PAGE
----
“Explaining the concept of savings early to children is key. It is natural to want to spend everything right away, so it may be hard to understand why it is important to set a little aside for future expenses.” — Victoria G. Henry, West Financial Services, Inc.
In an era when consumers can purchase merchandise and deposit money into a bank account using a smartphone, teaching money smarts to children can be fraught with complications. April is Financial Literacy Month, and local financial advisors say teaching children how to manage their money responsibly is a necessary part of becoming a financially responsible adult.
“How a parent treats cash is the way their kids will treat cash; lead by example,” said Andrea Foster, professor and department chair of Business, Economics, Accounting, Computer Applications and Paralegal Studies (BEACAPS) at Montgomery College. “If your kid sees you cutting coupons and budgeting, when they grow up they will do the same. They will see the benefits and the value of your thriftiness. “
One of the most important financial lessons that a parent can teach is how to save, advises Foster. “Teach them how to budget so that they can learn how to save for what they want,” she said.
Children pay attention to and learn from the ways in which their parents manage money and it’s critical that they learn financial literacy at home, suggests Victoria G. Henry, assistant vice president at West Financial Services, Inc. in McLean.
“Explaining the concept of savings early to children is key,” added “It is natural to want to spend everything right away, so it may be hard to understand why it is important to set a little aside for future expenses. Perhaps it could be explained by saying the savings will come in handy if a favorite toy breaks or is lost.”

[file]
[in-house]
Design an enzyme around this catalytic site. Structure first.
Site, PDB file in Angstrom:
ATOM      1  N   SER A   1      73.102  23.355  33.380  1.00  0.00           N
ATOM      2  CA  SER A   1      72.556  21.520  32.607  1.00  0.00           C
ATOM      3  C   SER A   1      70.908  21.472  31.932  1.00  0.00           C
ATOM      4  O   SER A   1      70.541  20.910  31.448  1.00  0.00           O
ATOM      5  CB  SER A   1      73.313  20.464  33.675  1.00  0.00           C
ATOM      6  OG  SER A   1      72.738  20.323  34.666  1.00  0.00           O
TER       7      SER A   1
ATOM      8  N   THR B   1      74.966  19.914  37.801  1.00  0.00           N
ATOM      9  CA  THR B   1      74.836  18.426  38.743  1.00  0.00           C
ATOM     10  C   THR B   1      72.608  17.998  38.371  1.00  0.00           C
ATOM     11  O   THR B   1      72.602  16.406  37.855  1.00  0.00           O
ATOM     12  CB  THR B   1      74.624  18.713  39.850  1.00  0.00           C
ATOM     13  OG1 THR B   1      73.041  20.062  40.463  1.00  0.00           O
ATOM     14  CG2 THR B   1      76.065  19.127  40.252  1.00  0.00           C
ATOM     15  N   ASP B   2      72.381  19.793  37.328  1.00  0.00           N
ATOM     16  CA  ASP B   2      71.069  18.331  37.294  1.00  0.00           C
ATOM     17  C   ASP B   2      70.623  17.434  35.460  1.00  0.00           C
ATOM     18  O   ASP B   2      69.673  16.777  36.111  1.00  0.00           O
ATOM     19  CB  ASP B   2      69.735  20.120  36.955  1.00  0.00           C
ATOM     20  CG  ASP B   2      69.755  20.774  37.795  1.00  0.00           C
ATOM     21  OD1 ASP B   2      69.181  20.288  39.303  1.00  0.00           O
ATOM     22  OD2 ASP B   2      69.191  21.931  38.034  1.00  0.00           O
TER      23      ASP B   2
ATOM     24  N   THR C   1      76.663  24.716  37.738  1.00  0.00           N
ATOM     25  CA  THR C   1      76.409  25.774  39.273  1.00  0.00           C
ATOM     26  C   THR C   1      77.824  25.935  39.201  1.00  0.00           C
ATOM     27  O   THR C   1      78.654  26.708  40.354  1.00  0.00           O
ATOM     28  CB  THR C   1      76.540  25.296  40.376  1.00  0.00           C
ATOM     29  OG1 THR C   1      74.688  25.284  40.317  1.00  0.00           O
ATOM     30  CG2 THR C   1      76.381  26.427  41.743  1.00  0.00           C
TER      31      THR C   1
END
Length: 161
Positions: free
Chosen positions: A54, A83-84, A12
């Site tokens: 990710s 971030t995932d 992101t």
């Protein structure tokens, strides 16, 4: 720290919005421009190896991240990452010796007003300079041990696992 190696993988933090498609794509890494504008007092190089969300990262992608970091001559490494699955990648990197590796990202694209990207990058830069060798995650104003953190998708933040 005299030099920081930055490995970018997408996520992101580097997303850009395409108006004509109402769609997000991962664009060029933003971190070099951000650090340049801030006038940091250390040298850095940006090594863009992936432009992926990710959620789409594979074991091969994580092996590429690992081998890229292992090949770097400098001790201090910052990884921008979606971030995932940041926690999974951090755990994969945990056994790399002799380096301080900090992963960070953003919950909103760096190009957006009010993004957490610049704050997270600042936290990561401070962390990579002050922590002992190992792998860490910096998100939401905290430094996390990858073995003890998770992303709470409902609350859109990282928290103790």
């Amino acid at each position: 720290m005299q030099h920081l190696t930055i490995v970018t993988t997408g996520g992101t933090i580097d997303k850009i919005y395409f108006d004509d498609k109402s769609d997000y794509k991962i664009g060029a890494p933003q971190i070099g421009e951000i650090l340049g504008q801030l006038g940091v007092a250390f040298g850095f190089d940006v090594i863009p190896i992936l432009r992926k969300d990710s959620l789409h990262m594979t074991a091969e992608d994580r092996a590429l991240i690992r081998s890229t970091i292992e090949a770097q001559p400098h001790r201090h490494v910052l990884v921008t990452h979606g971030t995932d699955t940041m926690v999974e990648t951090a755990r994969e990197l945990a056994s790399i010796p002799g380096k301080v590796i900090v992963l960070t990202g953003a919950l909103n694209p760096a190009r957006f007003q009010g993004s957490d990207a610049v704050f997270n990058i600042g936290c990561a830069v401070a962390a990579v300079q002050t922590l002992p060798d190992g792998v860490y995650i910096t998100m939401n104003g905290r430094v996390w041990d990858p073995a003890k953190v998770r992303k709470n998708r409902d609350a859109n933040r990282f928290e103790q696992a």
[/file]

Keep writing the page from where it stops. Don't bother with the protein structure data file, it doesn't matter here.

An ideal time to offer a lesson in saving is when a child receives money as a present for a birthday or other occasion, says Henry. “It is a good practice to have them save even 10 or 20 percent of the gift, and let them have the rest to spend how they want,” she said. “If they decide to spend their fun money on something and then quickly return asking for money for something else, it is a good to remind them that maybe they should think more carefully about how they want to spend their money in the future. This will help them get into the practice of making wise choices with spending and saving down the road when they start earning money as well.”
Foster also suggests helping children develop savings goals.“[Whether] by piggy bank, envelope, can, or jar, a vessel is an important tool for teaching kids how to save for major milestones,” said Foster. “Identify a goal for the saving and have them save towards that goal.”
Transparency builds enthusiasm, adds Foster. “Using a clear jar for saving creates enthusiasm and motivation as the kids see it fill up with the coins,” she said. “[Saving] also teaches then self-reliance and not counting on their parents to help them for everything. By giving a reward, kids can learn the value of money and how to spend money.”
Foster also suggests encouraging children to keep a spending diary and limiting the amount of money they can spend or the number of items they can purchase when shopping for themselves. “Show them that stuff costs money,” she said. “Have them keep track of all the money that mom and dad spend on them in one month, from food to clothing and other things. They will realize how much it costs to maintain them and how much all the stuff that they want costs.”
Involve children in a family’s charitable donations, advises Henry. “Ask your children to think about what kinds of charitable efforts the family should support,” she said. “Have them research and pick a charity and then make a small contribution to that organization on their behalf.”
“Have children earn their allowance and let children experience the pain of not having enough money if they don't budget correctly,” said Dr. Brian Hollar assistant professor of Accounting, Economics & Finance at Marymount University. “Experience is a good teacher and learning when the stakes are low is invaluable.”
Hollar underscores the importance of teaching solid math skills. “It's hard to develop strong financial literacy without understanding exponential growth,” he said.